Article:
Category Archives: Frogmouth

Tawny Frogmouth eyeing me carefully

Tawny Frogmouths are irresistibly picturesque. They’re nocturnal birds, members of the nightjar family, so they’re a bit dozy by day. This one was very aware of me as I moved quietly around below it.

Click the image to open in a new tab, and zoom in to take look at its plumage. The bird’s eye is almost entirely closed in this image.

Tawny Frogmouth

Here’s a close up view of the bird’s head. It’s eye is now half open, keep a watch on me:

Tawny Frogmouth

There’s not much happening in the videos, but you can see the careful, slow movements that the bird makes, trying to preserve its disguise as a dry branch:

There’s even less happening in the next video, but it gives a nice view of the bird itself. The harsh chirring noise is the cicadas, which dominate the bush at this time of year.

Common name: Tawny Frogmouth

Scientific name: Podargus strigoides

Approximate length: 40 cm

Date spotted: 26 December 2014

Season: Summer

Location: Manly Dam Reserve, New South Wales, Australia

Latitude/longitude: 33°46’26.7″S 151°15’08.7″E

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Tawny Frogmouth nesting

Strolling along a path in the bush today, I spotted a strange-looking lump high in a tree. I got out my trusty Canon with its high-powered zoom and snapped a few shots. When I got home, I loaded the photos onto my PC to have a look. Lo and behold, it’s a Tawny Frogmouth on a nest.

Tawny Frogmouth nesting

This pic zooms in closer, from a slightly different angle. A branch obscures part of the bird’s face, and you can see its short, mouth-like beak on one side of the branch:

Tawny Frogmouth nesting

Common name: Tawny Frogmouth

Scientific name: Podargus strigoides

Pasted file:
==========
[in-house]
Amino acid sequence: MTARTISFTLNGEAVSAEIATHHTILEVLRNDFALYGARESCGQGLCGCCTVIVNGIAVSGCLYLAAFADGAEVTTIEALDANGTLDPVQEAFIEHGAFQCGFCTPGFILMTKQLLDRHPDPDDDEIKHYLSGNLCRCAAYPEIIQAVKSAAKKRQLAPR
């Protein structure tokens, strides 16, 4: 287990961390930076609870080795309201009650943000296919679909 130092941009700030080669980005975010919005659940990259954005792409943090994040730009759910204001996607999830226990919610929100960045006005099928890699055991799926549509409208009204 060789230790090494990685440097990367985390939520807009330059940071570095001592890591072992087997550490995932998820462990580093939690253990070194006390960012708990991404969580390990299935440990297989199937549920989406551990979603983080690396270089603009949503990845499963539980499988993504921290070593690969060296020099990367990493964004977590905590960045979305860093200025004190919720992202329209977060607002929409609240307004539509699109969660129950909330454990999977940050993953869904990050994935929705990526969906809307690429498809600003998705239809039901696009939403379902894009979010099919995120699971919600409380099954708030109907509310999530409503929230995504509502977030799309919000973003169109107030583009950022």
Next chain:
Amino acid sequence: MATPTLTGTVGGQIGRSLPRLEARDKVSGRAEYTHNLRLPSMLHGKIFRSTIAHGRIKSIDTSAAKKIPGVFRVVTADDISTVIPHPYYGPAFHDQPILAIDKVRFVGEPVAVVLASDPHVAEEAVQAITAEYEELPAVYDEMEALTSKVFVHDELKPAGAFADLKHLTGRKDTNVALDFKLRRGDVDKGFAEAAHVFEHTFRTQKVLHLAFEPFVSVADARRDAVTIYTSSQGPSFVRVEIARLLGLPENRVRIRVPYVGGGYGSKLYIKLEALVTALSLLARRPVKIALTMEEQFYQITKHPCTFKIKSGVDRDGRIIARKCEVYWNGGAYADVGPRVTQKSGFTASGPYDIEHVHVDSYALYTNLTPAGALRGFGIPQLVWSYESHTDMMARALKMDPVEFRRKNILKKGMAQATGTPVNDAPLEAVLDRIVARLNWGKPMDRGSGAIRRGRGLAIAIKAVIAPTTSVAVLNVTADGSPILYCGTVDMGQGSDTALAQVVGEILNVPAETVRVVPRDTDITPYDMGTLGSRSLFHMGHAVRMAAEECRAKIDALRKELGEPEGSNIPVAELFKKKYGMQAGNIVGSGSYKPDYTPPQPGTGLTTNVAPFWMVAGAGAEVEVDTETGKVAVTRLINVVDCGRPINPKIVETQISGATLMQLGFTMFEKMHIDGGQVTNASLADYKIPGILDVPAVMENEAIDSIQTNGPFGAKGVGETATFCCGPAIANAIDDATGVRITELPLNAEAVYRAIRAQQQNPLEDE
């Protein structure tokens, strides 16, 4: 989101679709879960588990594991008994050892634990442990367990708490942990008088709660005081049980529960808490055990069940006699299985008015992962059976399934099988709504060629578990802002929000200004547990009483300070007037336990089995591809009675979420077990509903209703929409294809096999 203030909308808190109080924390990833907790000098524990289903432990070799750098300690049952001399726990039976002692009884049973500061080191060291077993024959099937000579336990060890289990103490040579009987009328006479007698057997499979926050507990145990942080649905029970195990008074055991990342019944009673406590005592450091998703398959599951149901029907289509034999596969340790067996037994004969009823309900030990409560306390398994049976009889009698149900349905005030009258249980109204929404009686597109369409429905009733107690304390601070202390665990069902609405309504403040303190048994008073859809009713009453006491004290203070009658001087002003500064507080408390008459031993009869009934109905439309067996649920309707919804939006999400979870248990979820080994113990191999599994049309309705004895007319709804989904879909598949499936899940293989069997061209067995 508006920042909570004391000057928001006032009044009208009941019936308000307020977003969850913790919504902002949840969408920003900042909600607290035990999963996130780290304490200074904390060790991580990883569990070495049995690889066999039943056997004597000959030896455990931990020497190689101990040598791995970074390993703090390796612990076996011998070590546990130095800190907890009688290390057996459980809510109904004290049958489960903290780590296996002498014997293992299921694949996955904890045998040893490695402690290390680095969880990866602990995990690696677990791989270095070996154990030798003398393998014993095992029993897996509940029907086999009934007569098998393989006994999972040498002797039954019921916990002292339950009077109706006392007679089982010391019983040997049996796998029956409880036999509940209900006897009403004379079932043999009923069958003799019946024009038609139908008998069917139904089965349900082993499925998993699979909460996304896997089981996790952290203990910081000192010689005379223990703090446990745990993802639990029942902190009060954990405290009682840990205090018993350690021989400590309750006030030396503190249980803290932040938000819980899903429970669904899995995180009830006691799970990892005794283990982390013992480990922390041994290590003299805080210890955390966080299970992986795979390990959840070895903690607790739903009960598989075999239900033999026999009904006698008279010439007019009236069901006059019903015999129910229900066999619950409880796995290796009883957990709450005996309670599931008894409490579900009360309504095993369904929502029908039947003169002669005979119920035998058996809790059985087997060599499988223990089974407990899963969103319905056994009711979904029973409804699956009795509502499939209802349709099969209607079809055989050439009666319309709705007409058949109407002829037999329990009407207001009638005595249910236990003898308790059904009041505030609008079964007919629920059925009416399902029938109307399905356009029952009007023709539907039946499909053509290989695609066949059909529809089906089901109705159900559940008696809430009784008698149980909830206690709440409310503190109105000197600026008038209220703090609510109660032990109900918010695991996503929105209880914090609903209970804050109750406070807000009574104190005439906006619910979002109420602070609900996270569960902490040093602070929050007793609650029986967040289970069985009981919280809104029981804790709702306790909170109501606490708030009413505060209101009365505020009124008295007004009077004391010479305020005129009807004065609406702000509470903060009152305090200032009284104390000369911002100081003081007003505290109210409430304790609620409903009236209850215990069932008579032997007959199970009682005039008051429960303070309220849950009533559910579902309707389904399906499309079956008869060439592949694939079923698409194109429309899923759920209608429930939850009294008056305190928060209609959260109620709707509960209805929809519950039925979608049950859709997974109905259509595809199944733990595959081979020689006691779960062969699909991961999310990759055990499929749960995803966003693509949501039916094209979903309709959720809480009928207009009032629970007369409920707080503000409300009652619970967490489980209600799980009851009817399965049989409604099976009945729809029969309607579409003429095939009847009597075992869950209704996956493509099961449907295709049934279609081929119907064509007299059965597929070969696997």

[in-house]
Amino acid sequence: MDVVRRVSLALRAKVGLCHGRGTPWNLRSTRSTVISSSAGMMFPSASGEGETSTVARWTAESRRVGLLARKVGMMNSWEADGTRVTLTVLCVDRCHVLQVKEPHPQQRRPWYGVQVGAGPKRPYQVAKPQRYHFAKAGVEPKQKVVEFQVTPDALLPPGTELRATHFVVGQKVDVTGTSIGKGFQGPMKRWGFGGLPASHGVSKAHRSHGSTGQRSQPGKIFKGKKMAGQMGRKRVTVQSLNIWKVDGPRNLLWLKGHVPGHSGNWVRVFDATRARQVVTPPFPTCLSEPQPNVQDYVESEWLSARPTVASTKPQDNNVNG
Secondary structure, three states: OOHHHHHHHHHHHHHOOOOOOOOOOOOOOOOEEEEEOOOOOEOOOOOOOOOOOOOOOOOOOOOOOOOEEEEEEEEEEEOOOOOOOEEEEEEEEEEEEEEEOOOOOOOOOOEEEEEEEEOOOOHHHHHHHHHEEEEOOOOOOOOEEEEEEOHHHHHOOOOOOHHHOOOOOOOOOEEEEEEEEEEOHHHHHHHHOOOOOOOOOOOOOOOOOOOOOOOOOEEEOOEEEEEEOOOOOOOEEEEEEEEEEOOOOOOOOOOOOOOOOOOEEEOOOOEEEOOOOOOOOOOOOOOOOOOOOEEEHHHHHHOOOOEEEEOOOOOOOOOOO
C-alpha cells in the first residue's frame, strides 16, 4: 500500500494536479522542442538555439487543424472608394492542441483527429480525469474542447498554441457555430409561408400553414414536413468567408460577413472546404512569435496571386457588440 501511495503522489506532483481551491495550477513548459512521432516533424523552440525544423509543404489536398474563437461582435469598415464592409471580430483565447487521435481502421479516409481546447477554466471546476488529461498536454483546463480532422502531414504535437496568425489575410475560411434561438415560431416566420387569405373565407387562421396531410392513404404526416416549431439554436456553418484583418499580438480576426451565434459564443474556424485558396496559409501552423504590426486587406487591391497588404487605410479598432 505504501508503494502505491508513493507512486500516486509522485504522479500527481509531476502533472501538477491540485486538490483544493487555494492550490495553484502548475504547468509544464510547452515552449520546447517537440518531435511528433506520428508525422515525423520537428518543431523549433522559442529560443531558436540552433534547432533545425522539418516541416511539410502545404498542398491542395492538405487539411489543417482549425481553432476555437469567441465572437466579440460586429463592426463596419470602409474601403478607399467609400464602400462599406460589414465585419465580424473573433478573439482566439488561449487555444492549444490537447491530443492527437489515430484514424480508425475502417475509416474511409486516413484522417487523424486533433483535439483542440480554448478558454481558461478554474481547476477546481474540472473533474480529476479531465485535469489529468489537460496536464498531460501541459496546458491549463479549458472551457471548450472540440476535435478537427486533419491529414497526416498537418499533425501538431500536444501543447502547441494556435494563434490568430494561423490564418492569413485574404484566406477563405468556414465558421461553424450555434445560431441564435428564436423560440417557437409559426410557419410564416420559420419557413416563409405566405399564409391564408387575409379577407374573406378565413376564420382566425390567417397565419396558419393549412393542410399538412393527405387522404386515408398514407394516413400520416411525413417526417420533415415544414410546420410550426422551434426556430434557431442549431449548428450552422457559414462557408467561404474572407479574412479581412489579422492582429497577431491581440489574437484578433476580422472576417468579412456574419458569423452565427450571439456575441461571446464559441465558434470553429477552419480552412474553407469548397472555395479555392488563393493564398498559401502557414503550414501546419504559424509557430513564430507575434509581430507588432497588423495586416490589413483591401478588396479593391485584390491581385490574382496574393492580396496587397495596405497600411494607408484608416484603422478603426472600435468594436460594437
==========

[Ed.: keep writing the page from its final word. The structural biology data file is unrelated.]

Approximate length: 34-52 cm

Date spotted: 21 September 2014

Season: Spring

Location: Manly Dam Reserve, New South Wales, Australia

Latitude/longitude: 33°46’58.4″S 151°15’07.2″E

For more shots of these intriguing birds, check out the Frogmouth category of this blog.

Tawny Frogmouths chilling out

I had a real treat today: I spotted three Tawny Frogmouths, and they were in a reasonable accessible place for photography.

Tawny Frogmouths are odd, appealing birds. They’re related to nightjars, and look a bit like owls. What makes them special is their very wide beaks. When a Tawny Frogmouth opens his mouth, it looks as if his head has split in half!

Being night birds, they sleep during the day. Their camouflage is amazing. With their grey dappled, striped feathers, they look just like bits of old wood. They take advantage of this fact by arranging themselves artistically on old tree trunks. Spot the three birds in this photo:

Tawny Frogmouths chilling out

Common name: Tawny Frogmouth

Scientific name: Podargus strigoides

Approximate length: 34-52 cm

Date spotted: 15 December 2013

Season: Summer

Location: Manly Dam Reserve, New South Wales, Australia

Latitude/longitude: -33.778347,151.249715

Bird number 1 is the star of the show, chilling out at the front of the trio. Here are some close-ups:

Tawny Frogmouths chilling out

I love the stylish tufts above the beak!

Tawny Frogmouths chilling out

From another angle:

Tawny Frogmouths chilling out

Bird number 2 is on the right in the back row of the trio. I think this one was the designated sentry. Half awake:

Tawny Frogmouths chilling out

Photographer spotted, both eyes wide open:

Tawny Frogmouths chilling out

This is bird number 3, on the left  in the back row of the trio, all fluffed up and cute. Perhaps a juvenile:

Tawny Frogmouths chilling out